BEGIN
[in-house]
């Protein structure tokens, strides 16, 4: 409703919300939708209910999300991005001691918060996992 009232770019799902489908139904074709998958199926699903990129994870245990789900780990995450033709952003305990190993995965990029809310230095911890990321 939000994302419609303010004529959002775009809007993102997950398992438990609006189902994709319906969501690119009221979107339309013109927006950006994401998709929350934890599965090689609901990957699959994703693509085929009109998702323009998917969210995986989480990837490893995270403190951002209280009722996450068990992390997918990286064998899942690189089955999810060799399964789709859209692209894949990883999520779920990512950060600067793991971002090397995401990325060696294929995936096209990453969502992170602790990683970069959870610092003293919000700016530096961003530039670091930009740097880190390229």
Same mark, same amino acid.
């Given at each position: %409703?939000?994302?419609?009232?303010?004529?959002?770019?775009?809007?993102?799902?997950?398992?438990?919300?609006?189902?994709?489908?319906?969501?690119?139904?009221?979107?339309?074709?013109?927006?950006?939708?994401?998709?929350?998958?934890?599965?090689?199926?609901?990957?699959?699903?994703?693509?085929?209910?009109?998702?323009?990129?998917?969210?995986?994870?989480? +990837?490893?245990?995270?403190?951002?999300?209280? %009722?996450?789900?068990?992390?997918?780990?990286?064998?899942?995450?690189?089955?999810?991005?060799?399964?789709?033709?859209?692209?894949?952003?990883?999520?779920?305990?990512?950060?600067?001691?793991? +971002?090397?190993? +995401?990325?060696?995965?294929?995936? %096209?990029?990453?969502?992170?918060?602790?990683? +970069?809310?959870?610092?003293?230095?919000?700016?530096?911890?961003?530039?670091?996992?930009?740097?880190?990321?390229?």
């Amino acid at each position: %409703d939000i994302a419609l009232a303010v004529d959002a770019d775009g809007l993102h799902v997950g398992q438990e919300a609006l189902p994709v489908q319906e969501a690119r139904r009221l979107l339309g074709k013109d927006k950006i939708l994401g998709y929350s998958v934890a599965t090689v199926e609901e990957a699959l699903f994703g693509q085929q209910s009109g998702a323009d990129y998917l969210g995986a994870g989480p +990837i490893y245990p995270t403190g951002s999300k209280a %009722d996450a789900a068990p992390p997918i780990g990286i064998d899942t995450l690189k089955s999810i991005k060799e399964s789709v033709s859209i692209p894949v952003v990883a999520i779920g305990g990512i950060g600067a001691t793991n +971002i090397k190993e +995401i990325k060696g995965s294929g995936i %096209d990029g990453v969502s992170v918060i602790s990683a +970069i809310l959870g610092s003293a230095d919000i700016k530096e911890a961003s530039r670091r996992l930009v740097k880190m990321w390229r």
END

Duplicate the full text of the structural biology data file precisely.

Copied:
[in-house]
């Protein structure tokens, strides 16, 4: 409703919300939708209910999300991005001691918060996992 009232770019799902489908139904074709998958199926699903990129994870245990789900780990995450033709952003305990190993995965990029809310230095911890990321 939000994302419609303010004529959002775009809007993102997950398992438990609006189902994709319906969501690119009221979107339309013109927006950006994401998709929350934890599965090689609901990957699959994703693509085929009109998702323009998917969210995986989480990837490893995270403190951002209280009722996450068990992390997918990286064998899942690189089955999810060799399964789709859209692209894949990883999520779920990512950060600067793991971002090397995401990325060696294929995936096209990453969502992170602790990683970069959870610092003293919000700016530096961003530039670091930009740097880190390229």
Same mark, same amino acid.
């Given at each position: %409703?939000?994302?419609?009232?303010?004529?959002?770019?775009?809007?993102?799902?997950?398992?438990?919300?609006?189902?994709?489908?319906?969501?690119?139904?009221?979107?339309?074709?013109?927006?950006?939708?994401?998709?929350?998958?934890?599965?090689?199926?609901?990957?699959?699903?994703?693509?085929?209910?009109?998702?323009?990129?998917?969210?995986?994870?989480? +990837?490893?245990?995270?403190?951002?999300?209280? %009722?996450?789900?068990?992390?997918?780990?990286?064998?899942?995450?690189?089955?999810?991005?060799?399964?789709?033709?859209?692209?894949?952003?990883?999520?779920?305990?990512?950060?600067?001691?793991? +971002?090397?190993? +995401?990325?060696?995965?294929?995936? %096209?990029?990453?969502?992170?918060?602790?990683? +970069?809310?959870?610092?003293?230095?919000?700016?530096?911890?961003?530039?670091?996992?930009?740097?880190?990321?390229?």
């Amino acid at each position: %409703d939000i994302a419609l009232a303010v004529d959002a770019d775009g809007l993102h799902v997950g398992q438990e919300a609006l189902p994709v489908q319906e969501a690119r139904r009221l979107l339309g074709k013109d927006k950006i939708l994401g998709y929350s998958v934890a599965t090689v199926e609901e990957a699959l699903f994703g693509q085929q209910s009109g998702a323009d990129y998917l969210g995986a994870g989480p +990837i490893y245990p995270t403190g951002s999300k209280a %009722d996450a789900a068990p992390p997918i780990g990286i064998d899942t995450l690189k089955s999810i991005k060799e399964s789709v033709s859209i692209p894949v952003v990883a999520i779920g305990g990512i950060g600067a001691t793991n +971002i090397k190993e +995401i990325k060696g995965s294929g995936i %096209d990029g990453v969502s992170v918060i602790s990683a +970069i809310l959870g610092s003293a230095d919000i700016k530096e911890a961003s530039r670091r996992l930009v740097k880190m990321w390229r």